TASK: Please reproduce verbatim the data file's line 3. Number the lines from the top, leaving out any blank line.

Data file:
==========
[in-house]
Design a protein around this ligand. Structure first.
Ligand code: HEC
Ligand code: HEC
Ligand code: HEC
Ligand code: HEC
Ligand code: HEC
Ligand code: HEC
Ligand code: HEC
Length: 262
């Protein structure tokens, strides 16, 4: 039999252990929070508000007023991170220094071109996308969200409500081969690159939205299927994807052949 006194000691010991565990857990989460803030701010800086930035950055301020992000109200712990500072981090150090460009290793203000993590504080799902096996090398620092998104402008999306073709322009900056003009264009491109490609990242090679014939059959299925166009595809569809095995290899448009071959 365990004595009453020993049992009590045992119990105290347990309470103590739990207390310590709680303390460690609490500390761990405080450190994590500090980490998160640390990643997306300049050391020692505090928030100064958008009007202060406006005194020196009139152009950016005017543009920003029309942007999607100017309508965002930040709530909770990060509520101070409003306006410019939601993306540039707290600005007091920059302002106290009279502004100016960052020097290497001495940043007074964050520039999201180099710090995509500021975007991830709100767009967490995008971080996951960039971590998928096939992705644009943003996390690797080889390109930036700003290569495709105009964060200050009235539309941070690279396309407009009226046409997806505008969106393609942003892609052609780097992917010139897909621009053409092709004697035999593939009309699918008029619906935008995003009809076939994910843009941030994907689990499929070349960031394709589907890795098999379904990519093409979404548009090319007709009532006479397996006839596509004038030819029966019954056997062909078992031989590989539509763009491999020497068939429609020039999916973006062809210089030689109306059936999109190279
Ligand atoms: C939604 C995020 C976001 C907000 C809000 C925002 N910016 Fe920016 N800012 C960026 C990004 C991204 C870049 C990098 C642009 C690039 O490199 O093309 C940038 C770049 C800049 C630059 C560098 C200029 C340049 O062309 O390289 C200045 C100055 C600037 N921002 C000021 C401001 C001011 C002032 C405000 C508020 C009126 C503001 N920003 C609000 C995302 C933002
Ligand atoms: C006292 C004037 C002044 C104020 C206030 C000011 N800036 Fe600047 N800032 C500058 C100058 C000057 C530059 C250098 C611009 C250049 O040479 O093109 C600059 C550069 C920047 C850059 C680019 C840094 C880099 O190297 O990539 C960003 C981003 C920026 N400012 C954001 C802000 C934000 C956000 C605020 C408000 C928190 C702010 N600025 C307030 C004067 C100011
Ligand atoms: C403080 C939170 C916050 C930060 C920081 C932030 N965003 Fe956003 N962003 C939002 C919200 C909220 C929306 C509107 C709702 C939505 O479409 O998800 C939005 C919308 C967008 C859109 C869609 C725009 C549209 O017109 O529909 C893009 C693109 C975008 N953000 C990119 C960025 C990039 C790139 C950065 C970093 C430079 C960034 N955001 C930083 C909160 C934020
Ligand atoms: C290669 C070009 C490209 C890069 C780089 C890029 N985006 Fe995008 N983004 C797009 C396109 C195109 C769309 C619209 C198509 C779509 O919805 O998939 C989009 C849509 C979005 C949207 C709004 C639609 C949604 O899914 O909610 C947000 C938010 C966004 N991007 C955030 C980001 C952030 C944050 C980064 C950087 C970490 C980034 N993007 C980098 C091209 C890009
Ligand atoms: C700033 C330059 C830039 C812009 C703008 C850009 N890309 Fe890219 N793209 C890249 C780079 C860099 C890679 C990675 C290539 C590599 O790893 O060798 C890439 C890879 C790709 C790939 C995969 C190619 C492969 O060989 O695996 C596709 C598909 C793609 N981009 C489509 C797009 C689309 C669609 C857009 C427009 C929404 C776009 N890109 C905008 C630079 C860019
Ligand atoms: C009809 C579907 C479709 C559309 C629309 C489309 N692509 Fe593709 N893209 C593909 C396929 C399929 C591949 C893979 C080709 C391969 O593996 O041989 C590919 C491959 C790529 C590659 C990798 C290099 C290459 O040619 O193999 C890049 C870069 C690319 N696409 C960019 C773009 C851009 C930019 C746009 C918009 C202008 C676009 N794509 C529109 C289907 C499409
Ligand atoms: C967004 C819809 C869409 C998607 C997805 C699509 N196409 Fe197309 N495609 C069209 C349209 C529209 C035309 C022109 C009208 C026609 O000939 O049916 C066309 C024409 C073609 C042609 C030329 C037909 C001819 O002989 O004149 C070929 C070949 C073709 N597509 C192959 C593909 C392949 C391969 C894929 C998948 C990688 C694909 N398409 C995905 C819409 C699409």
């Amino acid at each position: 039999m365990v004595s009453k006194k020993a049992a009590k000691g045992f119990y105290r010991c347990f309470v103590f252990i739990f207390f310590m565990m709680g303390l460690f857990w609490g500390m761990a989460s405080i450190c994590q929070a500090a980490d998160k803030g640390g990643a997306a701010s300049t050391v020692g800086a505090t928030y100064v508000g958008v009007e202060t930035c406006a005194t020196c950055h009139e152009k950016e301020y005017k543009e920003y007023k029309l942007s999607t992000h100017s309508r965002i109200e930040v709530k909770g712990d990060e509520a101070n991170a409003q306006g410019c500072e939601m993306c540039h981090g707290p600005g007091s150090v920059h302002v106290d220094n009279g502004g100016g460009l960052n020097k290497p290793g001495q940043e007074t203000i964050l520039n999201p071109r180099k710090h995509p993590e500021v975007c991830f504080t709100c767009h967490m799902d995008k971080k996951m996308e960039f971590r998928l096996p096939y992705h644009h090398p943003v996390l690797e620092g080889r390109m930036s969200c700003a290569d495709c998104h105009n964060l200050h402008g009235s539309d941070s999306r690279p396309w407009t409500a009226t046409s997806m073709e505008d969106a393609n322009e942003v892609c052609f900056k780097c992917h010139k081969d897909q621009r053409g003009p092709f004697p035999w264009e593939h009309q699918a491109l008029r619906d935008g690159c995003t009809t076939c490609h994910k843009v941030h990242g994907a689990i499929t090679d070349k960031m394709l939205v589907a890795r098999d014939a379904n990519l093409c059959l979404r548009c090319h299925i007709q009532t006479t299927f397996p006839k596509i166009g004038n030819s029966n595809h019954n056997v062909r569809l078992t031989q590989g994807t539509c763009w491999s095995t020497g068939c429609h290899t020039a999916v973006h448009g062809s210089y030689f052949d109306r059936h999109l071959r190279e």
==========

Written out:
Ligand code: HEC